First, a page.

But for the most part, I didn’t belong in the books I read. I was the only child of a Greek father and Russian-Jewish mother who were both of peasant stock (farmers on both sides) and who owned a restaurant in downtown Chicago. I didn’t know anything about suburban high schools, about size six. 

This last one was especially hard for me. When I was twelve, my pediatrician told me that I needed to lose twenty to thirty pounds, thus starting a lifelong battle with my weight. My ballet teacher told my mother I was too big too dance and she was wasting her money. I was constantly picked last in gym, alongside my BFF, who also struggled with her body. When I asked her recently what she remembered of our time as kids, she said:

“I remember our PE teachers who didn't help or guide but rather assisted with shaming by making the whole class wait for ‘free day’ until a pull-up was done (as though the situation was rooted in straight up defiance rather than inability) leading to a life-long dislike of physical activity.” 

I remember those many days, feeling embarrassed and shamed by my teachers, which led to feeling more uncomfortable and awkward (as though my own self-shame wasn’t enough). By the time I was in high school, I absolutely hated my body. 

I spent my twenties battling my weight. I yo-yo’d between diets and hunger and new workout trends and gyms. No matter what I did, no matter how hard I tried, I never was able to become a perfect size six – nothing even close to that – and my body retained its fullness, its roundness, its hardy, muscular, stocky, peasant stock shape. My short arms weren’t going to suddenly become lean and long. My thick thighs always remain thick. My belly likes being round, what can I say? 

I fought it for so very long. And then, after giving birth to my daughter, I stopped fighting. I had to. I learned to love my body in a new way. It was life-giving. It was strong. It was mine. 

So when I sat down to write my own book, I knew the character had to be several things: she had to be Greek, she had to live in Chicago, and she had to have immigrant parents who didn’t always understand her. I also knew that she would struggle with her body. BUT. I didn’t want losing weight to be central to her experience. I knew I didn’t want it to be a goal. For the longest time, it was for me. I didn’t want to do that to her.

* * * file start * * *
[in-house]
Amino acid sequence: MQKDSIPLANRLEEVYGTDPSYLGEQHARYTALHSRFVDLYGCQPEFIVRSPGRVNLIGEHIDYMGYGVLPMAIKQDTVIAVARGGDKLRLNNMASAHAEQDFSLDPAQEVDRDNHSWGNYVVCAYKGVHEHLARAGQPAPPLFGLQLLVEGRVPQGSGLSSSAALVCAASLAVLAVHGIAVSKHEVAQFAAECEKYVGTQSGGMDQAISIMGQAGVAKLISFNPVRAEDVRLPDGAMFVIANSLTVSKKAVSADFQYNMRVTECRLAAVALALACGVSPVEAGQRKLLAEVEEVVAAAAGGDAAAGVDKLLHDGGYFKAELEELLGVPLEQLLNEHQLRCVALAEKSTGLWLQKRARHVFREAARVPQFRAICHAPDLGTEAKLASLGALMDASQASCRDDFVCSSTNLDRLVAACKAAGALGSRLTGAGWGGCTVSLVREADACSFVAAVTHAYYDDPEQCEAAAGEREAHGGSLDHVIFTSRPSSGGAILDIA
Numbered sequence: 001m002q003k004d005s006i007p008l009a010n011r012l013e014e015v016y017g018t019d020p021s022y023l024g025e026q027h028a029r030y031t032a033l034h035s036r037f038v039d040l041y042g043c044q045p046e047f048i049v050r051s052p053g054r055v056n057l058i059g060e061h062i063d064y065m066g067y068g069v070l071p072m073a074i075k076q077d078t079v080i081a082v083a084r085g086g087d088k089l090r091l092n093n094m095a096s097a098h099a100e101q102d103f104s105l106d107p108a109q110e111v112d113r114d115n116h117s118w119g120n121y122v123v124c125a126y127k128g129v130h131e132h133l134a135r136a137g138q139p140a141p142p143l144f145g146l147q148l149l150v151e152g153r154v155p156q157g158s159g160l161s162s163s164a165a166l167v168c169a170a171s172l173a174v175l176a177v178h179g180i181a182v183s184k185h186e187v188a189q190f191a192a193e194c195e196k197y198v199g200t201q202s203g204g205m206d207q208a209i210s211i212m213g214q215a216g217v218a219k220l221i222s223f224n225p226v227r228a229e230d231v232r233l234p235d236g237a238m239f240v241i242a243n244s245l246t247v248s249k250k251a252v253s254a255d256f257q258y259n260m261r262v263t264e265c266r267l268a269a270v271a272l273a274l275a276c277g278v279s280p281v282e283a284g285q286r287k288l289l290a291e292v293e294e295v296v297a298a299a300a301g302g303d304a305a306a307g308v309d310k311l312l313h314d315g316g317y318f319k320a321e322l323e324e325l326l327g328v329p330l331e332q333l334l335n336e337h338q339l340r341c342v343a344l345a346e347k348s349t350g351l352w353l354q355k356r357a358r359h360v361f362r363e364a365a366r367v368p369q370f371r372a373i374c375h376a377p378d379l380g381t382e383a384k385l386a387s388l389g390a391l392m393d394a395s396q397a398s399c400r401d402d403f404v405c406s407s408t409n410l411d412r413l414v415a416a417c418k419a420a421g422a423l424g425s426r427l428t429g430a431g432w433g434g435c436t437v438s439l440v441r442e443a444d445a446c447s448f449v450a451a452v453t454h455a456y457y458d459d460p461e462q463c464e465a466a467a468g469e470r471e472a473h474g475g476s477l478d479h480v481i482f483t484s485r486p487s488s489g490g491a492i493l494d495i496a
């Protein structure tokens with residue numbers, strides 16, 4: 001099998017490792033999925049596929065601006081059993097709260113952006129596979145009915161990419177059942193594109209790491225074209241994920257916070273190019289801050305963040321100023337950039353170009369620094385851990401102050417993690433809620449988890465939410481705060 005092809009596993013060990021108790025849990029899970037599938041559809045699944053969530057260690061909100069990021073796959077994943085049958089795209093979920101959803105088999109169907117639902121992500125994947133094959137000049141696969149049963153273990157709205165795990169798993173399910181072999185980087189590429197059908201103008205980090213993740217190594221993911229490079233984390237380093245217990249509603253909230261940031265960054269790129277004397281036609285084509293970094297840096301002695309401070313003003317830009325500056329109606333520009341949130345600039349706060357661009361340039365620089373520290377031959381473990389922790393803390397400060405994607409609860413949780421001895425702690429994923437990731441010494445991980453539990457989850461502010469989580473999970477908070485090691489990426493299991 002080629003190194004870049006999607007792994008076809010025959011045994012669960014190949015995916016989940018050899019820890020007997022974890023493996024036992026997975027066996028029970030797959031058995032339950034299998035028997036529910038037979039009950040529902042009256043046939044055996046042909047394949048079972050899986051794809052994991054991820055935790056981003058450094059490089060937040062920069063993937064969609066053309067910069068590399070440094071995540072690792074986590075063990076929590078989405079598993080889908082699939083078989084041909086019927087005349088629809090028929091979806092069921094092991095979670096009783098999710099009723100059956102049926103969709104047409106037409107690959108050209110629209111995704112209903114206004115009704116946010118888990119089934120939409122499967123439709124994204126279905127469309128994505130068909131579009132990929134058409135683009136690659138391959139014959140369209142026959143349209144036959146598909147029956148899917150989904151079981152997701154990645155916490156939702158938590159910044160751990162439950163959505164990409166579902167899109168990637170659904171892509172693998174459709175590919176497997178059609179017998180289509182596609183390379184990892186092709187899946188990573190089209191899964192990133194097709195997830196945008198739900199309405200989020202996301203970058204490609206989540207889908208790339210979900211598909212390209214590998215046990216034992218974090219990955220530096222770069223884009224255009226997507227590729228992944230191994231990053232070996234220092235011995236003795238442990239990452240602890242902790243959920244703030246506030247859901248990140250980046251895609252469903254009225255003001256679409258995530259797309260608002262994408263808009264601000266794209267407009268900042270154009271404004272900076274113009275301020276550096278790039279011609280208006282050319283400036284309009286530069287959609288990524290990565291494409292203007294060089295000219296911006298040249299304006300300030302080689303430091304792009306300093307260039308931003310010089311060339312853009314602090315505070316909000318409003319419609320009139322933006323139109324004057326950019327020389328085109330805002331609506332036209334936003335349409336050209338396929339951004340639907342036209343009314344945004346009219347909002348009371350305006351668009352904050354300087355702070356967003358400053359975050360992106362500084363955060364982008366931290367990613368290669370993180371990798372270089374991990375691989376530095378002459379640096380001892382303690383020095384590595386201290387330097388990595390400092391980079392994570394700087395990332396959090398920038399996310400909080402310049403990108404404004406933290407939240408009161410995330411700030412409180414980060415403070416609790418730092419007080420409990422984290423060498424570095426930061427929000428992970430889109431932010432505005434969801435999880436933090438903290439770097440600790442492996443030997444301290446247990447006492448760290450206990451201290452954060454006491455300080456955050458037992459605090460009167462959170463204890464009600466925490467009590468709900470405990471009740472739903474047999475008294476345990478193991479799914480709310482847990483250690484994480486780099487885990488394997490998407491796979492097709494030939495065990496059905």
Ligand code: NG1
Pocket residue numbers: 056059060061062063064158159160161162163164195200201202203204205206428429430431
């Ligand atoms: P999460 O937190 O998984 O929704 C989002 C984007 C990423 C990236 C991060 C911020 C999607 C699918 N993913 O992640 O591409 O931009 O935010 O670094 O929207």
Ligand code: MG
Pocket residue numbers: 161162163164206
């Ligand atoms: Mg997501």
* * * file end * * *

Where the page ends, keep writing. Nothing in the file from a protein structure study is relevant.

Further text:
HOW TO BE BRAVE is about a girl who has lived her life in fear and who sets out to try new things, despite her insecurities. Before her death, her mom commanded Georgia to live differently—to try everything at least once and to never be ruled by fear. 

When Georgia is first creating her list, she asks her best friend, Liss: 
"What about losing weight?" 

And Liss responds: "You don't need to be brave to do that."

Georgia agrees, but of course, her insecurities don’t just disappear. They are always there. However, at the end Georgia finally realizes, “I’m not going to kill myself trying to achieve microscopic proportions. I’m still curvy me, and I always will be.”

Of course, there are many similarities between Georgia and me. Georgia also feels uncomfortable in her body that’s deemed “overweight” by society’s standards, and part of her storyline is that she finds confidence in her body, as it is – that losing weight does not equal being brave. This has been part of my storyline has well. 

What advice can you provide aspiring authors?
READ. A lot. Both in the genre/style you want to publish in and ABOUT writing – all aspects – the writing process, the publishing process, etc. There are hundreds of blog posts about the writing life, etc. and I read them obsessively to understand what I had to do to get published.